AB - BACKGROUND: The aim of the present study was to compare maximal-intensity exercise adaptations in young basketball players (who were strong individuals at baseline) participating in regular basketball training versus regular plus a volume-based plyometric training program in the pre-season period. METHODS: Young basketball players were recruited and assigned either to a plyometric with regular basketball training group (experimental group [EG]; N.=8), or a basketball training only group (control group [CG]; N.=8). The athletes in EG performed periodized (i.e., from 117 to 183 jumps per session) plyometric training for eight weeks. Before and after the intervention, players were assessed in vertical and broad jump, change of direction, maximal strength and a 60-meter sprint test. RESULTS: No significant improvements were found in the CG, while the EG improved vertical jump (effect size [ES] 2.8), broad jump (ES=2.4), agility T test (ES=2.2), Illinois agility test (ES=1.4), maximal strength (ES=1.8), and 60-m sprint (ES=1.6) (P<0.05) after intervention, and the improvements were greater compared to the CG (P<0.05). CONCLUSIONS: Plyometric training in addition to regular basketball practice can lead to meaningful improvements in maximal-intensity exercise adaptations among young basketball players during the pre-season.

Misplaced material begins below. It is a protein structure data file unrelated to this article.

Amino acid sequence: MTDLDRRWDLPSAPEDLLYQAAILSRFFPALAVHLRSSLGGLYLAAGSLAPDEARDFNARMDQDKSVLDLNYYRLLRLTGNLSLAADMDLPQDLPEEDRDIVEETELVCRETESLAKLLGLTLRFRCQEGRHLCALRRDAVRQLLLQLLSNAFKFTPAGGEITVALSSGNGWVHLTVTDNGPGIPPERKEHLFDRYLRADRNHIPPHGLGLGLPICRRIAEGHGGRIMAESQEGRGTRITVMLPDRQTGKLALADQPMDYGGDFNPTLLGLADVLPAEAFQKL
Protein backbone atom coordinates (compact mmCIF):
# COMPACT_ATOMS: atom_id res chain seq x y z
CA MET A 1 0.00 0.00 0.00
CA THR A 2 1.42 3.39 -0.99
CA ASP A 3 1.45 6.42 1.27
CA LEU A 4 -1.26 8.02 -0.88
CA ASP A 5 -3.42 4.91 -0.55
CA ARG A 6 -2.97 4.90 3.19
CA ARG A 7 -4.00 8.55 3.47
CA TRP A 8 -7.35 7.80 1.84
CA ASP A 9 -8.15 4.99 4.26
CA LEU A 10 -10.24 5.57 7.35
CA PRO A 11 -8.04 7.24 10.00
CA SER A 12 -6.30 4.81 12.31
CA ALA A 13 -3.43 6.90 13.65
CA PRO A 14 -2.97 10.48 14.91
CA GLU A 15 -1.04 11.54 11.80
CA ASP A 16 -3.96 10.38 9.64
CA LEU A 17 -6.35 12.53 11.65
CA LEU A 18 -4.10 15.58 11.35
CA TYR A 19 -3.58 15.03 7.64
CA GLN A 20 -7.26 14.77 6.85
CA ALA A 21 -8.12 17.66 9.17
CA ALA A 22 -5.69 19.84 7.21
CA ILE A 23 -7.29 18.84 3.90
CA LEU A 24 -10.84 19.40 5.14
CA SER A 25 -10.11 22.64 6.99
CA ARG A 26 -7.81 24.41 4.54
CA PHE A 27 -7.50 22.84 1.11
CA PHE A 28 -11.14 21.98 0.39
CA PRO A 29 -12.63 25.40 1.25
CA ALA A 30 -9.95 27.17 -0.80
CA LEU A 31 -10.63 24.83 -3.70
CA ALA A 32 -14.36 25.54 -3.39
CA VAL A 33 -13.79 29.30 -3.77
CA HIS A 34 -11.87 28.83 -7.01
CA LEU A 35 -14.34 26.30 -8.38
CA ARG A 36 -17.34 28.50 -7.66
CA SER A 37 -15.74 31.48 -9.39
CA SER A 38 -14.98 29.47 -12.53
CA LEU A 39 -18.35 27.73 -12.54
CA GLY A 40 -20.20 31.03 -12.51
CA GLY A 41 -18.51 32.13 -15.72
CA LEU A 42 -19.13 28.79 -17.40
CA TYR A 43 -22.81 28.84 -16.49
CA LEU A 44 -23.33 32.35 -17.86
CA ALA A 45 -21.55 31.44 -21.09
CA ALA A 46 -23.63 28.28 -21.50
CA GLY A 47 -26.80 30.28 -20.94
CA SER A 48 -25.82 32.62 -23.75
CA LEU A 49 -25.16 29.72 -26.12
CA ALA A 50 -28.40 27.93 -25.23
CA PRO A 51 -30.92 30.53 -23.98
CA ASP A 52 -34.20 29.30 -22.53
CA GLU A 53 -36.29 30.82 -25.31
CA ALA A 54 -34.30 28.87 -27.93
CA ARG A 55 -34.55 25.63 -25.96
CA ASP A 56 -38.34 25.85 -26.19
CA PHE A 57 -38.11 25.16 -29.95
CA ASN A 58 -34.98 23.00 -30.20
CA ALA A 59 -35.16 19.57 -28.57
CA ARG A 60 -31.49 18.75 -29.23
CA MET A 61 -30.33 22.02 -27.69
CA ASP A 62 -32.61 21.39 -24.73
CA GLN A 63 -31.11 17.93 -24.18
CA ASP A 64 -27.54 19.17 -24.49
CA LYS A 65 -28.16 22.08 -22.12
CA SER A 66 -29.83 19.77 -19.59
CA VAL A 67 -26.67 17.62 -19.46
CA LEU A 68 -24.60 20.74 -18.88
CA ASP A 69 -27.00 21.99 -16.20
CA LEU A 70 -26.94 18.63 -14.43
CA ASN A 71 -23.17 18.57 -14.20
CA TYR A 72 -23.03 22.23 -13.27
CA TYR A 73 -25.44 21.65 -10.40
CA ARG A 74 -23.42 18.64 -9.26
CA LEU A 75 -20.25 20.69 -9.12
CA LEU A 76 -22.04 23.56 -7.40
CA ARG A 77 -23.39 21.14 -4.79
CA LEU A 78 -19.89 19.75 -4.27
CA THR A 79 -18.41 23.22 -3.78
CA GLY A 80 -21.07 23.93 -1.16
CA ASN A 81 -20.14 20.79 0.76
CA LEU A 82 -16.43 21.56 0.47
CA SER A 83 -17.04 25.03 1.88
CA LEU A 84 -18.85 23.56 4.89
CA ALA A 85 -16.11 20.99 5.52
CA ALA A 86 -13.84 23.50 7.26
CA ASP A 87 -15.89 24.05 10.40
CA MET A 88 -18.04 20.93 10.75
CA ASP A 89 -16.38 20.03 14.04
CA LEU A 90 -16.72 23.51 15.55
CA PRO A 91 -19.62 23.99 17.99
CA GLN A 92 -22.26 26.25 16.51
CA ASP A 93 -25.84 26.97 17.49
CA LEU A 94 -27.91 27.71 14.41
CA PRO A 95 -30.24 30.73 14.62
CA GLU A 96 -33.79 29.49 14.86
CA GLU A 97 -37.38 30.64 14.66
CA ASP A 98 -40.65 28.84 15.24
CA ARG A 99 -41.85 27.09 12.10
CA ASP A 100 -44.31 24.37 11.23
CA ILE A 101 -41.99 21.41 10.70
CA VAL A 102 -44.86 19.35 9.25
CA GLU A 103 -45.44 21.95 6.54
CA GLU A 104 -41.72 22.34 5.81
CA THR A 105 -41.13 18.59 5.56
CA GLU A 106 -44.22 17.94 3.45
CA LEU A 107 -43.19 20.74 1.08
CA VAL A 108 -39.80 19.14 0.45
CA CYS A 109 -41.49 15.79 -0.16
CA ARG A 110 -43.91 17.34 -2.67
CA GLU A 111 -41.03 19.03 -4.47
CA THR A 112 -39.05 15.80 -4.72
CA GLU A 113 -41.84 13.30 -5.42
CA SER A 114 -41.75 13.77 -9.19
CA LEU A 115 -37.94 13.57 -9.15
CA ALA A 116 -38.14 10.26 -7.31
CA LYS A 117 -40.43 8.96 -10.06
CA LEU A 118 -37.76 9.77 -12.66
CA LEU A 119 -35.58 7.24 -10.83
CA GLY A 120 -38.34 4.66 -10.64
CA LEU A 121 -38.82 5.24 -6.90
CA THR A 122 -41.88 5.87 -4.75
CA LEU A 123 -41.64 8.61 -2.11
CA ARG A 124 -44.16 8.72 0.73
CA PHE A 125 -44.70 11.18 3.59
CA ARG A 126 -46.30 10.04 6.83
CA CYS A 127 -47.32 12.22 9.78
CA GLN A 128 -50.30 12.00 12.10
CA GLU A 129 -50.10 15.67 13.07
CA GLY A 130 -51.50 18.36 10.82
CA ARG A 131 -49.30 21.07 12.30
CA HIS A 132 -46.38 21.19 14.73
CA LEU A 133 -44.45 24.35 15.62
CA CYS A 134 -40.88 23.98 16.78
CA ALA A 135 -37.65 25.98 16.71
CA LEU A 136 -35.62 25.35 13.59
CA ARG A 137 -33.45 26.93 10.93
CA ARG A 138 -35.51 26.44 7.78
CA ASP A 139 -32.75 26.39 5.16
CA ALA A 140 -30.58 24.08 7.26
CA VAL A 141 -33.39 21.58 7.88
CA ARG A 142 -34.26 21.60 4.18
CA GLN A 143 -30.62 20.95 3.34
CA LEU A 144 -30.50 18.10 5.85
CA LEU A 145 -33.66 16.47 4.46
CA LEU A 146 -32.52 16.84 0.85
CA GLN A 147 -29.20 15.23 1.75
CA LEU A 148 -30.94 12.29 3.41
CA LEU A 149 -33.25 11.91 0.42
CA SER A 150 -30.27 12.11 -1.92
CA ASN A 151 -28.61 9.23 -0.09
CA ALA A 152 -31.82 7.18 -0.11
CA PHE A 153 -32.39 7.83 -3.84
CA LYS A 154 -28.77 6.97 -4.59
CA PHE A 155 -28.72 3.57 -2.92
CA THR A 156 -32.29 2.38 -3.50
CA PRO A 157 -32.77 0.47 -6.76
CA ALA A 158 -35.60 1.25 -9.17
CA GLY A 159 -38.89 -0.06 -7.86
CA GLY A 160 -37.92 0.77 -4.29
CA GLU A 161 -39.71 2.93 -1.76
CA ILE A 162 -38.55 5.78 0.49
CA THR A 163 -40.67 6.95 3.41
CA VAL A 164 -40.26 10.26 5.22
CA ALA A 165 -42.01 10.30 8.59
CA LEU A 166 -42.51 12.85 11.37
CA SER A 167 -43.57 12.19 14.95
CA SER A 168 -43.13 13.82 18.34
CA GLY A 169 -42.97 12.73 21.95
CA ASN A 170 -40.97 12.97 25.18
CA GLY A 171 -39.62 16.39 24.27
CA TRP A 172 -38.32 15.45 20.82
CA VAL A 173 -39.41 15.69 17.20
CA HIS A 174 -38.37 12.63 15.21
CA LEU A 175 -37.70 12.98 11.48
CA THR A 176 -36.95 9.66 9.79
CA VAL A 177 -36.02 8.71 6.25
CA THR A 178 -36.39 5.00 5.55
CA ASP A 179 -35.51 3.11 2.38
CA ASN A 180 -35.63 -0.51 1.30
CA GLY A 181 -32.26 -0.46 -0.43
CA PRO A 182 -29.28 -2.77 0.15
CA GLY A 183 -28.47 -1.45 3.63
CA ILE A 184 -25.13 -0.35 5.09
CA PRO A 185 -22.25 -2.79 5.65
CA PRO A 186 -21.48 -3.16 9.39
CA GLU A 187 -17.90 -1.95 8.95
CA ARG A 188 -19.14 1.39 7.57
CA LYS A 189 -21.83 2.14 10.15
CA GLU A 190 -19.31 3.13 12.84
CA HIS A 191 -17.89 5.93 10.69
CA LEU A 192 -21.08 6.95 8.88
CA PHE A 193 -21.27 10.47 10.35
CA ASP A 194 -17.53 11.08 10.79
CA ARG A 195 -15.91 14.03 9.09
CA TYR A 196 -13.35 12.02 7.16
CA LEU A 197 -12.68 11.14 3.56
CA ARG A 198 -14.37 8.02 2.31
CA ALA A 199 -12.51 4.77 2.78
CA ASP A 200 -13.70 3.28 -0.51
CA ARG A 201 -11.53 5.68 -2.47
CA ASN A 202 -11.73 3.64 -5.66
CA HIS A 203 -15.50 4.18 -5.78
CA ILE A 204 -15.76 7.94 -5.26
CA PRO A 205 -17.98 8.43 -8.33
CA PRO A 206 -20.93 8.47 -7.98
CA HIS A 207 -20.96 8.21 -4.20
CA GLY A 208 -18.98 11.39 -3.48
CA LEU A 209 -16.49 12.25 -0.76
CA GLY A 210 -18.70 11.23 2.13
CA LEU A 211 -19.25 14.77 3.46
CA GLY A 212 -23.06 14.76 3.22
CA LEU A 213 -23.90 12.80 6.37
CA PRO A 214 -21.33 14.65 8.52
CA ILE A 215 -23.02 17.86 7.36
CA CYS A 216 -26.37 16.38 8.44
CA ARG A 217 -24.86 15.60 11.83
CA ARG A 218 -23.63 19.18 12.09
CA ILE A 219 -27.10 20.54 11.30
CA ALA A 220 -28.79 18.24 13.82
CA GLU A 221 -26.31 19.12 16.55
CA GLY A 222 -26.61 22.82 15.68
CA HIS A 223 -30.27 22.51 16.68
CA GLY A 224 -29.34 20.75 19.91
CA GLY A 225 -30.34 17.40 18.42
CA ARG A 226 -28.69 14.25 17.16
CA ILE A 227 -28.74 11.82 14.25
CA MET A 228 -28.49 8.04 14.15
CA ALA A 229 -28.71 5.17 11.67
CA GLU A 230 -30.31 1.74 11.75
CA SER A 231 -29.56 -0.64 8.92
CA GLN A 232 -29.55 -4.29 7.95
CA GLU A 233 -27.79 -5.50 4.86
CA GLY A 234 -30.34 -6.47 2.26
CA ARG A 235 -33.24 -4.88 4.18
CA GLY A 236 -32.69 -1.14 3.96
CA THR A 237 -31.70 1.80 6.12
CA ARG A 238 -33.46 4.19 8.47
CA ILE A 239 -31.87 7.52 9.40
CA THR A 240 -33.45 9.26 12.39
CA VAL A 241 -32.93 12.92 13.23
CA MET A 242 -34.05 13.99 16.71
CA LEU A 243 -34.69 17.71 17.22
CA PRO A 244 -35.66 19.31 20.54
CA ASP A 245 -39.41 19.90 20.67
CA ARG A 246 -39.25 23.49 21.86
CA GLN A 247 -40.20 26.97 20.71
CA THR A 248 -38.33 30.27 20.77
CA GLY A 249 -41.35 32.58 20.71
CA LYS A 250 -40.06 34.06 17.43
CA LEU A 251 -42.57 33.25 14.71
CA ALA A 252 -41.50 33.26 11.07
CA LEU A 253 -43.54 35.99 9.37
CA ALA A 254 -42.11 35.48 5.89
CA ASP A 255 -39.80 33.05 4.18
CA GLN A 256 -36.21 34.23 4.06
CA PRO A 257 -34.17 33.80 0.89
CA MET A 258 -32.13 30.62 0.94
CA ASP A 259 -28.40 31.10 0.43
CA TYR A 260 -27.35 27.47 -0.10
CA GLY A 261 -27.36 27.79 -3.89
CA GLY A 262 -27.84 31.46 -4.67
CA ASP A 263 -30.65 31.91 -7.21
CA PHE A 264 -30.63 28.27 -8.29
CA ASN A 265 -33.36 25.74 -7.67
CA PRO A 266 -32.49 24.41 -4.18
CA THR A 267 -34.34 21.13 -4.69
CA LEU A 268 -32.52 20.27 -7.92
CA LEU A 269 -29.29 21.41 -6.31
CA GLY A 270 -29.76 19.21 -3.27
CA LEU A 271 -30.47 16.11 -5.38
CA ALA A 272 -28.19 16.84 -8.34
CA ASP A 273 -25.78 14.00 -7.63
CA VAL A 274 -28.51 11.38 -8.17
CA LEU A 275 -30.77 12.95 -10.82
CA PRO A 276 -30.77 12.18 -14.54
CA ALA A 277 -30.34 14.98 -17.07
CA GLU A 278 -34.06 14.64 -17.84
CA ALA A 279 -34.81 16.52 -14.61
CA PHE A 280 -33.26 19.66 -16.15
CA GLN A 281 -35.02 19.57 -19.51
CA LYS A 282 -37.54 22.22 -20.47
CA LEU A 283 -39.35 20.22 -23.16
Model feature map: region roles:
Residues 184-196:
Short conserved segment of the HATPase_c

KW - Muscle strength

KW - Sports

KW - Strength training

KW - Stretch-shortening cycle

KW - Youth